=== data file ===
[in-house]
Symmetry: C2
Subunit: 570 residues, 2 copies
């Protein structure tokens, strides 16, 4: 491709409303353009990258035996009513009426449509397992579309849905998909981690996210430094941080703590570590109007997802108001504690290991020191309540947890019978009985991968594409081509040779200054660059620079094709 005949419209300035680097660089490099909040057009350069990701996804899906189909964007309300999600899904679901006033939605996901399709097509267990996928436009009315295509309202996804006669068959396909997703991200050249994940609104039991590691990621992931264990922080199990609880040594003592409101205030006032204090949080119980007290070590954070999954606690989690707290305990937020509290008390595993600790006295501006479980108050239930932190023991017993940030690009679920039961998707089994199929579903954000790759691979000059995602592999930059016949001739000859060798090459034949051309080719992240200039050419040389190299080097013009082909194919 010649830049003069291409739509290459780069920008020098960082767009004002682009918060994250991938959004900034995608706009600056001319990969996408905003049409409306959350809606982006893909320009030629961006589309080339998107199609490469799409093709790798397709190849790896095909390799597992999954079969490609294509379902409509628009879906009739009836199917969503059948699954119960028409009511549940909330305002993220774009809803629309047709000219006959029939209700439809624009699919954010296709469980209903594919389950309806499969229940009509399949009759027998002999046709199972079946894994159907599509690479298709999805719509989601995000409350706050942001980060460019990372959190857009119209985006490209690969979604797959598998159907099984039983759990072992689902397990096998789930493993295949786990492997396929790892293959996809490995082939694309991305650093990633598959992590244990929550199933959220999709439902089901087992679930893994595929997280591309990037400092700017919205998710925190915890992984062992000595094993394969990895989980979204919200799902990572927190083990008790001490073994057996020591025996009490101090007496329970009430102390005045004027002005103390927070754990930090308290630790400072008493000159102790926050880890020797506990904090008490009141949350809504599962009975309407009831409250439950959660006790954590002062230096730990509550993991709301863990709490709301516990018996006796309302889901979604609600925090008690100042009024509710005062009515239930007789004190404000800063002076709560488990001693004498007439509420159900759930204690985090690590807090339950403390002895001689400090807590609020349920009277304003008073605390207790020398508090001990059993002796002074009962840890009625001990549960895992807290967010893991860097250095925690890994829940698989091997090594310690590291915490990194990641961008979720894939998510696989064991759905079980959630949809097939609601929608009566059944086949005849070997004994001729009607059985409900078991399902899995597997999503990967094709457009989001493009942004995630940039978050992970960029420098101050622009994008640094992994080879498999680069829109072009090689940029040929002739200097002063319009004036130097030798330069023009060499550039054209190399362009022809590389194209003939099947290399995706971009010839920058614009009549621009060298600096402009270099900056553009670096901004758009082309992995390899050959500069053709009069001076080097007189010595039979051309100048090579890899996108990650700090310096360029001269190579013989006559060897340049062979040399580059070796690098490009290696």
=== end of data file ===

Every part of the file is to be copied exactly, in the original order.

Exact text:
[in-house]
Symmetry: C2
Subunit: 570 residues, 2 copies
């Protein structure tokens, strides 16, 4: 491709409303353009990258035996009513009426449509397992579309849905998909981690996210430094941080703590570590109007997802108001504690290991020191309540947890019978009985991968594409081509040779200054660059620079094709 005949419209300035680097660089490099909040057009350069990701996804899906189909964007309300999600899904679901006033939605996901399709097509267990996928436009009315295509309202996804006669068959396909997703991200050249994940609104039991590691990621992931264990922080199990609880040594003592409101205030006032204090949080119980007290070590954070999954606690989690707290305990937020509290008390595993600790006295501006479980108050239930932190023991017993940030690009679920039961998707089994199929579903954000790759691979000059995602592999930059016949001739000859060798090459034949051309080719992240200039050419040389190299080097013009082909194919 010649830049003069291409739509290459780069920008020098960082767009004002682009918060994250991938959004900034995608706009600056001319990969996408905003049409409306959350809606982006893909320009030629961006589309080339998107199609490469799409093709790798397709190849790896095909390799597992999954079969490609294509379902409509628009879906009739009836199917969503059948699954119960028409009511549940909330305002993220774009809803629309047709000219006959029939209700439809624009699919954010296709469980209903594919389950309806499969229940009509399949009759027998002999046709199972079946894994159907599509690479298709999805719509989601995000409350706050942001980060460019990372959190857009119209985006490209690969979604797959598998159907099984039983759990072992689902397990096998789930493993295949786990492997396929790892293959996809490995082939694309991305650093990633598959992590244990929550199933959220999709439902089901087992679930893994595929997280591309990037400092700017919205998710925190915890992984062992000595094993394969990895989980979204919200799902990572927190083990008790001490073994057996020591025996009490101090007496329970009430102390005045004027002005103390927070754990930090308290630790400072008493000159102790926050880890020797506990904090008490009141949350809504599962009975309407009831409250439950959660006790954590002062230096730990509550993991709301863990709490709301516990018996006796309302889901979604609600925090008690100042009024509710005062009515239930007789004190404000800063002076709560488990001693004498007439509420159900759930204690985090690590807090339950403390002895001689400090807590609020349920009277304003008073605390207790020398508090001990059993002796002074009962840890009625001990549960895992807290967010893991860097250095925690890994829940698989091997090594310690590291915490990194990641961008979720894939998510696989064991759905079980959630949809097939609601929608009566059944086949005849070997004994001729009607059985409900078991399902899995597997999503990967094709457009989001493009942004995630940039978050992970960029420098101050622009994008640094992994080879498999680069829109072009090689940029040929002739200097002063319009004036130097030798330069023009060499550039054209190399362009022809590389194209003939099947290399995706971009010839920058614009009549621009060298600096402009270099900056553009670096901004758009082309992995390899050959500069053709009069001076080097007189010595039979051309100048090579890899996108990650700090310096360029001269190579013989006559060897340049062979040399580059070796690098490009290696």